One of the strongest pieces of evidence for human-induced climate change is the consistent rise in carbon dioxide (CO2) in modern times, as measured at NOAA's Mauna Loa Observatory in Hawaii, where CO2 has been observed since 1958. At the beginning of 2013, the seasonally adjusted concentration of CO2 in Earth’s atmosphere was about 395 parts per million (ppm), with a recent growth rate of between 2 and 4 ppm per year.
Around this seasonally adjusted average, the concentrations rise during northern spring and summer and drop during autumn and winter (see graph at right). Researchers expect the value to reach 400 ppm sometime in 2013 before falling back later in the year. The last time Earth's atmosphere held this much carbon dioxide was at least 3 million years ago.
Because CO2 stays in the air so long, it becomes very well mixed throughout the global atmosphere. This makes the Mauna Loa record an excellent indication of long-term trends.
Current atmospheric concentrations of CO2 are about 30% higher than they were at the dawn of the industrial revolution. According to the Scripps Institution of Oceanography, ice core reconstructions going back over 400,000 years show concentrations of around 200 ppm during the ice ages. The concentrations were about 280 ppm during the warm interglacial periods and from the most recent ice age to the mid-18th century, as the industrial revolution was getting under way. In other words, our current CO2 levels are higher than they've been in at least the last 400 millennia. See the Scripps Web site for a graphic illustrating this trend.
Almost a quarter of the carbon dioxide emitted by human activities is absorbed by land areas; another quarter is absorbed by the ocean. The remainder stays in the atmosphere for a century or longer.
Carbon dioxide accounts for more than half of the human-produced enhancement to Earth’s greenhouse effect. Among the other gases involved is methane, which has increased dramatically over the last century. Methane concentrations rose about 1% a year in the 1980s. The concentrations leveled off beginning about 2000, and then began increasing again in 2007. The reasons for the slowdown and resurgence are still being investigated, as discussed here.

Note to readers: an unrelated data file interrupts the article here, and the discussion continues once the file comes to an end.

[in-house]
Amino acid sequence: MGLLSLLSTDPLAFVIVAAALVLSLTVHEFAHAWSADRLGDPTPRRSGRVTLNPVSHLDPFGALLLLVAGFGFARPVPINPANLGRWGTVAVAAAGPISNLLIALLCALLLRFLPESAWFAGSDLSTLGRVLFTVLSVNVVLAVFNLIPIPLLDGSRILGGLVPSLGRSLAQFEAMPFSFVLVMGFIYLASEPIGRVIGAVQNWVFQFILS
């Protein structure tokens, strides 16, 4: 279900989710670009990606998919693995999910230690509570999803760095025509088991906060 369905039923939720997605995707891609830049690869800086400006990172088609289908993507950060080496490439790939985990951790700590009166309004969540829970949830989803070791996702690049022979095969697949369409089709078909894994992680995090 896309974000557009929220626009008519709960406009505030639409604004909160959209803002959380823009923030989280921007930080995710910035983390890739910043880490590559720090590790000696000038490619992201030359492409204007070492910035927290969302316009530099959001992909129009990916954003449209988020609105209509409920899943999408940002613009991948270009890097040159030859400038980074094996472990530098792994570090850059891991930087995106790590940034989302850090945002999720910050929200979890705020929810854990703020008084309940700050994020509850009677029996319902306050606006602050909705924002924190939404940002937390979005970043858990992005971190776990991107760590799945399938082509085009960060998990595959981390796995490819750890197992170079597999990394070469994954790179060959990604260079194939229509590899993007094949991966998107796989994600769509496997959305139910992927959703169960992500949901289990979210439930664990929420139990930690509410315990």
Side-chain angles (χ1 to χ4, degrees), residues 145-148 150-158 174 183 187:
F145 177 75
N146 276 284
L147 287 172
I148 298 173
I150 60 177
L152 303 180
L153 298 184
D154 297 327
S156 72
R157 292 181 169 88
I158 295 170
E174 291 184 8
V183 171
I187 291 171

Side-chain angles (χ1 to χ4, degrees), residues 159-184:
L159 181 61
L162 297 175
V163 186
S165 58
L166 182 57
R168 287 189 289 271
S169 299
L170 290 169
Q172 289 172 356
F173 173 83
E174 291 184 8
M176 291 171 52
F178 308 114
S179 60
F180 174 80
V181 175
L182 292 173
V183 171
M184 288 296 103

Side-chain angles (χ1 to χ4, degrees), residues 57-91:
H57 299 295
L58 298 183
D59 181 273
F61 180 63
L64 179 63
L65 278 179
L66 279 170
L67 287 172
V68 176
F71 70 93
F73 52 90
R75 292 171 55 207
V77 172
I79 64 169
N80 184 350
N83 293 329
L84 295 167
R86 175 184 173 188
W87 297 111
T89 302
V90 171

Methane stays in the atmosphere for much less time than carbon dioxide (around a decade) and there is much less of it, but molecule for molecule, it is a far more powerful greenhouse gas. Calculating the global average is challenging, because methane concentrations vary by season and location, as illustrated by this informal analysis from 2011. As of 2008, the concentration of methane in Earth’s atmosphere was about 1786 parts per billion. Since then, the rise has continued, as measured at several observing stations around the globe, including Mauna Loa. Recent values measured at stations in Ireland and Australia are available from the Oak Ridge National Laboratory.
Other important greenhouse gases include nitrous oxide and near-surface ozone. Water vapor is actually the most prevalent greenhouse gas, but human activity has not directly increased its concentration in the atmosphere, unlike the other chemicals above. However, as global temperatures increase, more water vapor is released by oceans and lakes, and this in turn helps to increase temperatures further. This is one of many feedback loops that help to reinforce and intensify climate change.
History of the Mauna Loa Record: Keeling Curve Lessons (Scripps CO2 Program)
The Carbon Cycle (Windows to the Universe)
Earth's Greenhouse Gases (Windows to the Universe)